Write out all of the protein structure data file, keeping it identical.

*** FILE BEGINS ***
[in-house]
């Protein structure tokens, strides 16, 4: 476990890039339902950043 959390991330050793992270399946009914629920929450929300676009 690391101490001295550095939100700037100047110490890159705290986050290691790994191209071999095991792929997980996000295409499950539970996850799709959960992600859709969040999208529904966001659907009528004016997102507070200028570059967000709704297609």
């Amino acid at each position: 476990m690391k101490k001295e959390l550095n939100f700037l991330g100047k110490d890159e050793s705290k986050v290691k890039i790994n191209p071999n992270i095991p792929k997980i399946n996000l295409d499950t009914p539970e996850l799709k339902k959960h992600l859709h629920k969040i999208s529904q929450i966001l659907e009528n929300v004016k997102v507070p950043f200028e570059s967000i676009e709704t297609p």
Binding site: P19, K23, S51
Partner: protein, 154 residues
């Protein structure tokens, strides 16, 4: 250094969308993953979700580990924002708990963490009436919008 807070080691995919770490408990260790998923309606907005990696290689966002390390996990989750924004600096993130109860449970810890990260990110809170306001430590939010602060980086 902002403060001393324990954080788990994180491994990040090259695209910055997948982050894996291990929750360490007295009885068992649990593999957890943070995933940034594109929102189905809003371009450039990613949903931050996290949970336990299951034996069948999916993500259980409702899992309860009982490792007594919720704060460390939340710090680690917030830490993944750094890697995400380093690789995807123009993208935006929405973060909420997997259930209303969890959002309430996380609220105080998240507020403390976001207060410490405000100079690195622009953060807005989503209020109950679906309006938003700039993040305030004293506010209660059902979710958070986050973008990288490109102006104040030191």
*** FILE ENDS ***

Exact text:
[in-house]
């Protein structure tokens, strides 16, 4: 476990890039339902950043 959390991330050793992270399946009914629920929450929300676009 690391101490001295550095939100700037100047110490890159705290986050290691790994191209071999095991792929997980996000295409499950539970996850799709959960992600859709969040999208529904966001659907009528004016997102507070200028570059967000709704297609």
């Amino acid at each position: 476990m690391k101490k001295e959390l550095n939100f700037l991330g100047k110490d890159e050793s705290k986050v290691k890039i790994n191209p071999n992270i095991p792929k997980i399946n996000l295409d499950t009914p539970e996850l799709k339902k959960h992600l859709h629920k969040i999208s529904q929450i966001l659907e009528n929300v004016k997102v507070p950043f200028e570059s967000i676009e709704t297609p």
Binding site: P19, K23, S51
Partner: protein, 154 residues
């Protein structure tokens, strides 16, 4: 250094969308993953979700580990924002708990963490009436919008 807070080691995919770490408990260790998923309606907005990696290689966002390390996990989750924004600096993130109860449970810890990260990110809170306001430590939010602060980086 902002403060001393324990954080788990994180491994990040090259695209910055997948982050894996291990929750360490007295009885068992649990593999957890943070995933940034594109929102189905809003371009450039990613949903931050996290949970336990299951034996069948999916993500259980409702899992309860009982490792007594919720704060460390939340710090680690917030830490993944750094890697995400380093690789995807123009993208935006929405973060909420997997259930209303969890959002309430996380609220105080998240507020403390976001207060410490405000100079690195622009953060807005989503209020109950679906309006938003700039993040305030004293506010209660059902979710958070986050973008990288490109102006104040030191």